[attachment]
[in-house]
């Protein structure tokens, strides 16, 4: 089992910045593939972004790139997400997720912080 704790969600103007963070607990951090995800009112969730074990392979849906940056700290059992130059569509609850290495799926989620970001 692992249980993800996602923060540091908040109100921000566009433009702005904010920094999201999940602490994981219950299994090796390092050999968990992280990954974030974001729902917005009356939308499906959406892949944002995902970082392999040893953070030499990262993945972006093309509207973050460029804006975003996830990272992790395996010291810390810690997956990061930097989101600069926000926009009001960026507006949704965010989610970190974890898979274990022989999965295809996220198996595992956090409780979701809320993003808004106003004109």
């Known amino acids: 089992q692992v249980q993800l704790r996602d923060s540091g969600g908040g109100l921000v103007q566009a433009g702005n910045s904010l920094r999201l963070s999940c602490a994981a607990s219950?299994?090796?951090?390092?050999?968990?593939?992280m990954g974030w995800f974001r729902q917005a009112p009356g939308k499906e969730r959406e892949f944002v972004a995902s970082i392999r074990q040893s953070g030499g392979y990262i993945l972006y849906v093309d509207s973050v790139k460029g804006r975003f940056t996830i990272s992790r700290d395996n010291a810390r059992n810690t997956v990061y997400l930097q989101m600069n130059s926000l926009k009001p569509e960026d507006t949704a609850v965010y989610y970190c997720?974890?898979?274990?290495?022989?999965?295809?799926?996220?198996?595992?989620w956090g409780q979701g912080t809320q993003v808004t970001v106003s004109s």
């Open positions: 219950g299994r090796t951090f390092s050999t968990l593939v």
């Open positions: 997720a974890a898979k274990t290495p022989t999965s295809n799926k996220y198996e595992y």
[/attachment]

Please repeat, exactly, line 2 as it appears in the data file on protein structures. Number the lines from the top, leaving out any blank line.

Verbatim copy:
């Protein structure tokens, strides 16, 4: 089992910045593939972004790139997400997720912080 704790969600103007963070607990951090995800009112969730074990392979849906940056700290059992130059569509609850290495799926989620970001 692992249980993800996602923060540091908040109100921000566009433009702005904010920094999201999940602490994981219950299994090796390092050999968990992280990954974030974001729902917005009356939308499906959406892949944002995902970082392999040893953070030499990262993945972006093309509207973050460029804006975003996830990272992790395996010291810390810690997956990061930097989101600069926000926009009001960026507006949704965010989610970190974890898979274990022989999965295809996220198996595992956090409780979701809320993003808004106003004109």